Editing is another crucial aspect for me: the edit often dictates what the viewer will feel. This means that you have the power to convey whatever emotion you’d like! I always strive towards warmth, given my adoration of colors. Often, even in the most popular and photogenic regions, there are some landscapes are overlooked, and I feel it’s my job as a photographer to bring the spotlight back to them and allow people to see their world in a new way.
Turning a camera lens to familiar terrain is pretty mind-blowing. I’ve lived in South Wales my entire life, but it wasn’t until a couple of years ago that I realized just what this place has to offer. No matter where you are in the world, people often get tied down to and never even venture out of the place where they were born and bred. Through no fault of their own, they don’t truly see or recognize the beauty around them! For this reason, I’d implore anyone and everyone to head out and watch a sunrise wherever they can and to experience whatever nature is nearby. It adds a completely new perspective to any location, and it’s a must.
Personally, buying a drone also helped open my eyes to the beauty of my hometown. Even though I thought I’d known the area inside and out and had exhausted every possible angle, throwing my drone up into the air breathed new life into it and offered a new, almost dream-like perspective. And it certainly made me envious of the birds! New perspectives like these can really help change your opinion about the place you live in, and make it your mission to showcase it in the best way you can.
ISLE OF SKYE
The Isle Of Skye is truly a photographer’s playground — that, and a real bucket-list destination. You have to remind yourself that it’s in the U.K., or on Earth for that matter, because of the otherworldly landscapes that await around every corner. This first photo was taken while I was standing at the door of my tent. I’d just hammered the last peg into the ground, and turned to see this colossal cloud engulf the mountaintop. The speed of the cloud was remarkable, and within five minutes, this spectacle was lost forever. There was extraordinary power in capturing this single moment in time, and in holding onto that indefinitely.
There’s also a little story behind the second photo, which was taken at Kilt Rock Falls. When you arrive in the area, you’re led toward a small balcony that stretches from the coast and offers a view of this waterfall. I’d been there for maybe five minutes before a busload of tourists arrived. Not a second later, a man in traditional Scottish dress began brandishing a set of bagpipes. Marching on the spot, he belted a familiar melody, to the sheer delight of the tourists. I couldn’t help but laugh as I captured the moment.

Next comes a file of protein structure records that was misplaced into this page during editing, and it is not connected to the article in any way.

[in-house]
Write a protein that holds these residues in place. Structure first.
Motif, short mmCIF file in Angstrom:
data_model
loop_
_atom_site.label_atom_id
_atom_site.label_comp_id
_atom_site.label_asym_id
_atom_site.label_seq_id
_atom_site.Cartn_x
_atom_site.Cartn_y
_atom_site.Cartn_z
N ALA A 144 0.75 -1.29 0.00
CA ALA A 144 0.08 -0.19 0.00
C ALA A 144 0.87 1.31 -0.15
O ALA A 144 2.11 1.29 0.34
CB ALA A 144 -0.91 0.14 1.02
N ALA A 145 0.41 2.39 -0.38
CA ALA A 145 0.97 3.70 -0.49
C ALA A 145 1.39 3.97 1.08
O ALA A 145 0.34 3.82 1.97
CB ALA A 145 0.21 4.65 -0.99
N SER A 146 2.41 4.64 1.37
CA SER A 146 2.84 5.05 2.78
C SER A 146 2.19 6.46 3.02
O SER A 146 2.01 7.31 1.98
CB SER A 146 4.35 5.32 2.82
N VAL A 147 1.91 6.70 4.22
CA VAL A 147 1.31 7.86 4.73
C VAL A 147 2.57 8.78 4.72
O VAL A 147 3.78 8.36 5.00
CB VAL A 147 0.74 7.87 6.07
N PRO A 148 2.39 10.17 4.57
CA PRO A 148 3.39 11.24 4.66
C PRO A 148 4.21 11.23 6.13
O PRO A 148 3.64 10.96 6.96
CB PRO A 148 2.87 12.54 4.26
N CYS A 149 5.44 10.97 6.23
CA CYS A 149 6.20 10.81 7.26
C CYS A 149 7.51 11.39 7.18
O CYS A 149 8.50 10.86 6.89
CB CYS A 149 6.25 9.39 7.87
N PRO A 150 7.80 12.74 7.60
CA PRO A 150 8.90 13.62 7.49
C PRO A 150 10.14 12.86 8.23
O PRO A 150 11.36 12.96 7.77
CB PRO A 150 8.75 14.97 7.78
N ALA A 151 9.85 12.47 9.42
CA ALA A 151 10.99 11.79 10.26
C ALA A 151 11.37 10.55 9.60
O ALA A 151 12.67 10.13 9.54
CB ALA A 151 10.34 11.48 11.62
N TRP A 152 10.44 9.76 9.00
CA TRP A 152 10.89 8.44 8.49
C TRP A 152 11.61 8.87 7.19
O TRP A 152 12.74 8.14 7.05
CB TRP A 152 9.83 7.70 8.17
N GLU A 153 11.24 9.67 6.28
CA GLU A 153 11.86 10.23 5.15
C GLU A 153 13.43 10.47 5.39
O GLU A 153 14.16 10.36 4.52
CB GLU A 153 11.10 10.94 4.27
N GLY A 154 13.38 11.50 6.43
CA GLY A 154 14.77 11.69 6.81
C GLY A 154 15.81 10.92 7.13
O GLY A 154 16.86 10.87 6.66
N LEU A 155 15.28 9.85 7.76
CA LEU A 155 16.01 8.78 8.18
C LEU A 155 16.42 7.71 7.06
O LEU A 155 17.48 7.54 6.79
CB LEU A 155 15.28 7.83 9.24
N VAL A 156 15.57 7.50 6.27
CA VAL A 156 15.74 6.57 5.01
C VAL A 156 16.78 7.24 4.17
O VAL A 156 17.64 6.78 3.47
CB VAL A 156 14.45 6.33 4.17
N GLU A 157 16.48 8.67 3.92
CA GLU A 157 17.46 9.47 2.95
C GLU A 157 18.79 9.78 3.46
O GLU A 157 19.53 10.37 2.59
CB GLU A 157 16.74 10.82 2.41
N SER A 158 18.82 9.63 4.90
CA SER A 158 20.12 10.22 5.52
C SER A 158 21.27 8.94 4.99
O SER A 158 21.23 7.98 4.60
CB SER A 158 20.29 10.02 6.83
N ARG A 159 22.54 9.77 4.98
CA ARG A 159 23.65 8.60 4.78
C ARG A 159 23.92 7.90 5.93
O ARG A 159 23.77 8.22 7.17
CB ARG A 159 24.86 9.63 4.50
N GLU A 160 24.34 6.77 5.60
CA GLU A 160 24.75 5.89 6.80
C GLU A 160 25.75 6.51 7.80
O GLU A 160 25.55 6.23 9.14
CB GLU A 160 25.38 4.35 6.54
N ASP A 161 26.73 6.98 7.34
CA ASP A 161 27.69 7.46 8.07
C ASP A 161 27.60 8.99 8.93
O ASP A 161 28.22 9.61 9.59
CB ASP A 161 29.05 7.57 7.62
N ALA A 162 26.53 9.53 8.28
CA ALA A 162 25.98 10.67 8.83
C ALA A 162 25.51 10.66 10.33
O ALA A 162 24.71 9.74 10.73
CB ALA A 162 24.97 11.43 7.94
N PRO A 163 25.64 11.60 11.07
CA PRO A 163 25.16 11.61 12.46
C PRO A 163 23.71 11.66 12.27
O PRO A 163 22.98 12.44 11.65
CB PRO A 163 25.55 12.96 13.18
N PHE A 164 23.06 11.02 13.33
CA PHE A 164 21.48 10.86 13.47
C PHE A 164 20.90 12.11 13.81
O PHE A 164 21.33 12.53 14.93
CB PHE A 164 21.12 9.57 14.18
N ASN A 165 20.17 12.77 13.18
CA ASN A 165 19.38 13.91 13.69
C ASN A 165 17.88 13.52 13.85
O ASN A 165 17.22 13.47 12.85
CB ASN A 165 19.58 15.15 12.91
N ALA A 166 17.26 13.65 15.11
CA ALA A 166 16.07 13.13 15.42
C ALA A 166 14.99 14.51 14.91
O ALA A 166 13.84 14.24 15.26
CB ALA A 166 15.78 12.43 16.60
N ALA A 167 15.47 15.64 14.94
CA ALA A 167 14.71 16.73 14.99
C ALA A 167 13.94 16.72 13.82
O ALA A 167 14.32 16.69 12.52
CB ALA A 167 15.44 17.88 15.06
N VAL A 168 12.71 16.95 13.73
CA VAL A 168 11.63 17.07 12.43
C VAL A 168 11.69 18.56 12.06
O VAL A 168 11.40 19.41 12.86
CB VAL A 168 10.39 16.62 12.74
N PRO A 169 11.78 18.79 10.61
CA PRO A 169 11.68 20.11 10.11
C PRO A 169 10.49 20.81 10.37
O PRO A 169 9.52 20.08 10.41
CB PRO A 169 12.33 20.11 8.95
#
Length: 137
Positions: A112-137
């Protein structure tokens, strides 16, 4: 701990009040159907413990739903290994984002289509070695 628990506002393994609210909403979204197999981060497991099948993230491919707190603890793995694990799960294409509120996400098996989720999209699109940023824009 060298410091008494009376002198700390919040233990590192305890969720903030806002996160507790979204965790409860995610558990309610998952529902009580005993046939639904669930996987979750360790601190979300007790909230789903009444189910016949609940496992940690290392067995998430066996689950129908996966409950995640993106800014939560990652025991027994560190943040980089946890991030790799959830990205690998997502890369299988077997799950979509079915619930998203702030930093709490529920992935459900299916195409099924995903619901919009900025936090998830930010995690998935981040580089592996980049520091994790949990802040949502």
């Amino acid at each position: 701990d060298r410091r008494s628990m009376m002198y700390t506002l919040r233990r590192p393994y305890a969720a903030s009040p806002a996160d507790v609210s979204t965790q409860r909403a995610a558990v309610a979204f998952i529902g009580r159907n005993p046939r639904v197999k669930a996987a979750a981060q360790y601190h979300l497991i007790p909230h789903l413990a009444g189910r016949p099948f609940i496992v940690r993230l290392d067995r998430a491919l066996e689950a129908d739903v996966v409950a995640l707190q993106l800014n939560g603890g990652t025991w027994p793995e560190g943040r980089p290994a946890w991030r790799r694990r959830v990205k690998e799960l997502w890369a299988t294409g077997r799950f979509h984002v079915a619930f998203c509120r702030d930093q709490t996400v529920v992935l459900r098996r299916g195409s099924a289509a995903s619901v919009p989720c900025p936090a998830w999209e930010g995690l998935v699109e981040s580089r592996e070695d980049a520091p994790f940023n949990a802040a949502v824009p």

This third shot, on the other hand, shows one of the most photographed spots in Skye: the cinematic road that leads to the Storr, a famed rocky hill on the Trotternish peninsula. I’d been set on shooting this scene since I first planned the trip, and the typically moody Scottish weather made for the perfect setting. I only wish that I would have had my skateboard with me, so that I could have cruised that winding road — maybe next time.
Adventure plays a pretty major part in my photography, because it always takes some level of adventure to get my nature shots. I believe that a corresponding narrative also adds a great depth to any image, especially when you share exactly what you had to do to get the shot, what the conditions were, or what you remember most from that moment in time. For me, knowing what a photographer has gone through to get a certain shot is like being a kid again; it’s like hearing those old, magical stories for the first time. Suddenly, the image becomes so much more than just visual candy.
It’s also important to remember to have fun with photography. You can’t just be hellbent on taking photos that will get a ton of likes on Instagram — you have to remember to enjoy every aspect of the photo journey, regardless of the result. You could hike for hours through hail, rain, and snow, or camp overnight in terrible conditions only to return home empty-handed. Those experiences can be disappointing, but they always leave you with new memories and a story (or two) to tell. It’s all about balance because, in the end, the adventure and the photograph feed each other.
The adventure adds the sensations and the emotions to an image, and as soon as you look at it, you’re transported straight back there, standing on that very spot. It’s a truly delightful feeling.